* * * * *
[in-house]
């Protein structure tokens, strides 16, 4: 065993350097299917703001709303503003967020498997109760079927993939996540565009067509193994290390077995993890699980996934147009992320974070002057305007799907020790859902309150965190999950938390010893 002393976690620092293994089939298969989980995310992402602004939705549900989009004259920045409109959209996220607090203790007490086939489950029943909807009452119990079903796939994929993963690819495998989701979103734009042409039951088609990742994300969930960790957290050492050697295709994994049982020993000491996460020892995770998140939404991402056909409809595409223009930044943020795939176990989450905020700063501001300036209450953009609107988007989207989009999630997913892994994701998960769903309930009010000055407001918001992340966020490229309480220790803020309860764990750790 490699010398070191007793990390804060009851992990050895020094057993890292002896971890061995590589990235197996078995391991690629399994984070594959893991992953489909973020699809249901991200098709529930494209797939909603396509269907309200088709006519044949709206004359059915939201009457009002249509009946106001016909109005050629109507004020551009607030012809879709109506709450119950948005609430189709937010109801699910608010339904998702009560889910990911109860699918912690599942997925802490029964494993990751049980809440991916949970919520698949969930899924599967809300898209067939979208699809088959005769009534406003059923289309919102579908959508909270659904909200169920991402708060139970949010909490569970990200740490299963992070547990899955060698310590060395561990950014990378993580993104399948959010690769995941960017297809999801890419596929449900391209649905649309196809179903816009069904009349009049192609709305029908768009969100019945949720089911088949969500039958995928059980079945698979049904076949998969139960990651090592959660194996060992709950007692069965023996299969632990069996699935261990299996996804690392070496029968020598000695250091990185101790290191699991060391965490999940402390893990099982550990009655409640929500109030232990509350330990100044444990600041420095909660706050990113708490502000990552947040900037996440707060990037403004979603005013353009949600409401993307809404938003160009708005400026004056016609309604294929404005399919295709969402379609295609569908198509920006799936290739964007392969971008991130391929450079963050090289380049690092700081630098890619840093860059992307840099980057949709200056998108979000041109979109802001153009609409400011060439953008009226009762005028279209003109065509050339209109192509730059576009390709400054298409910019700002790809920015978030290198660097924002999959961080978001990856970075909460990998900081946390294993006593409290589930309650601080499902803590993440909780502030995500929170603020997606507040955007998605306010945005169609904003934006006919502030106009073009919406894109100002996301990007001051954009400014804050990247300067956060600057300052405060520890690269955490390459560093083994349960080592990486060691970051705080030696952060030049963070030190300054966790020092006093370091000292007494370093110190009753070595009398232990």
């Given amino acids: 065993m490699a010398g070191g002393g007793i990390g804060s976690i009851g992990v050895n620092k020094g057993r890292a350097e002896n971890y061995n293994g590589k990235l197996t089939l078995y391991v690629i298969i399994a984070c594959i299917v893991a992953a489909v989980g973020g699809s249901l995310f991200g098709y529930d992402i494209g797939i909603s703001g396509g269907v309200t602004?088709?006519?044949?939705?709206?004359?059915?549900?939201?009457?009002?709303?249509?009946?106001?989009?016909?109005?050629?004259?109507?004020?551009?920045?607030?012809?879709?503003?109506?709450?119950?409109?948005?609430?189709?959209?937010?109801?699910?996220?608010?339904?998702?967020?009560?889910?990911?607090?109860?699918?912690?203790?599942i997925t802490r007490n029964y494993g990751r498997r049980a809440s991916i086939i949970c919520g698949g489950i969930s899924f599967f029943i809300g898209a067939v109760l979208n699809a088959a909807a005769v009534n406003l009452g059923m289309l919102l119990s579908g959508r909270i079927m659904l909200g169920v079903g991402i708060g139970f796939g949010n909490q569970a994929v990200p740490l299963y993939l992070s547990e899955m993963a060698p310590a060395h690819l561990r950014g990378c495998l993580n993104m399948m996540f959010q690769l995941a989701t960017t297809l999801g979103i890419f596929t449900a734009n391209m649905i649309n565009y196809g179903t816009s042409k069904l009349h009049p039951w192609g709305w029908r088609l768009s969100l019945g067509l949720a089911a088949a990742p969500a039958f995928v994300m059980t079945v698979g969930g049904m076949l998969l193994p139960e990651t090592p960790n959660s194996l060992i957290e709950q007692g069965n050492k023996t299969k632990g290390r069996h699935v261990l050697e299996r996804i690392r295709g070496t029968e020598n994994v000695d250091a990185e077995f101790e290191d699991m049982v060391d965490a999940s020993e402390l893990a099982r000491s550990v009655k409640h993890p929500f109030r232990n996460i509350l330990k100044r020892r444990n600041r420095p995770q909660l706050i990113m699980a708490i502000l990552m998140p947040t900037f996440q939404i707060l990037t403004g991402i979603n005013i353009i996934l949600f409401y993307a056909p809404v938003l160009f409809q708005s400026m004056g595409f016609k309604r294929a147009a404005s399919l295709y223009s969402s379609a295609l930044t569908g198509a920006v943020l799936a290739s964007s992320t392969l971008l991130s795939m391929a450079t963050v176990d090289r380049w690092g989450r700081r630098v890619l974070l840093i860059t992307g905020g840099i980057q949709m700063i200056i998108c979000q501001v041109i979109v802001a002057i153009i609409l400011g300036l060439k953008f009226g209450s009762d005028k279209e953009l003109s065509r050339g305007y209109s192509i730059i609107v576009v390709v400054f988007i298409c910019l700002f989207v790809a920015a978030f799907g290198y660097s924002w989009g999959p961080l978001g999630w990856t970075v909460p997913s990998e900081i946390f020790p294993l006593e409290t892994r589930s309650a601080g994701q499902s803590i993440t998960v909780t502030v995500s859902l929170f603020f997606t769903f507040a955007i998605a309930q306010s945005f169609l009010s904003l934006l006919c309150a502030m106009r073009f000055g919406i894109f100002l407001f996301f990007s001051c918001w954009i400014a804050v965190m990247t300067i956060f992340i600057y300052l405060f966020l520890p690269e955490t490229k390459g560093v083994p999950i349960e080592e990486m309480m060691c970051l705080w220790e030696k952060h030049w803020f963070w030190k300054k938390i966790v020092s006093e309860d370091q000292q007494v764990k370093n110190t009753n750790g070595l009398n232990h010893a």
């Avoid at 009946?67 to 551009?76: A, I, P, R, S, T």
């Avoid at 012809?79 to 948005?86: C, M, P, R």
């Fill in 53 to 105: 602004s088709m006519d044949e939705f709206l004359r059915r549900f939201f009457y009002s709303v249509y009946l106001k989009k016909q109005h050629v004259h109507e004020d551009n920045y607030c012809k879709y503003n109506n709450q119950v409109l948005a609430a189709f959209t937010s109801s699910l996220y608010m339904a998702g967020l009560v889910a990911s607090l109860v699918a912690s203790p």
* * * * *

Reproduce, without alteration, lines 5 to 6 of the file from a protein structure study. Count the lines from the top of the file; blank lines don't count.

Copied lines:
């Avoid at 012809?79 to 948005?86: C, M, P, R």
């Fill in 53 to 105: 602004s088709m006519d044949e939705f709206l004359r059915r549900f939201f009457y009002s709303v249509y009946l106001k989009k016909q109005h050629v004259h109507e004020d551009n920045y607030c012809k879709y503003n109506n709450q119950v409109l948005a609430a189709f959209t937010s109801s699910l996220y608010m339904a998702g967020l009560v889910a990911s607090l109860v699918a912690s203790p």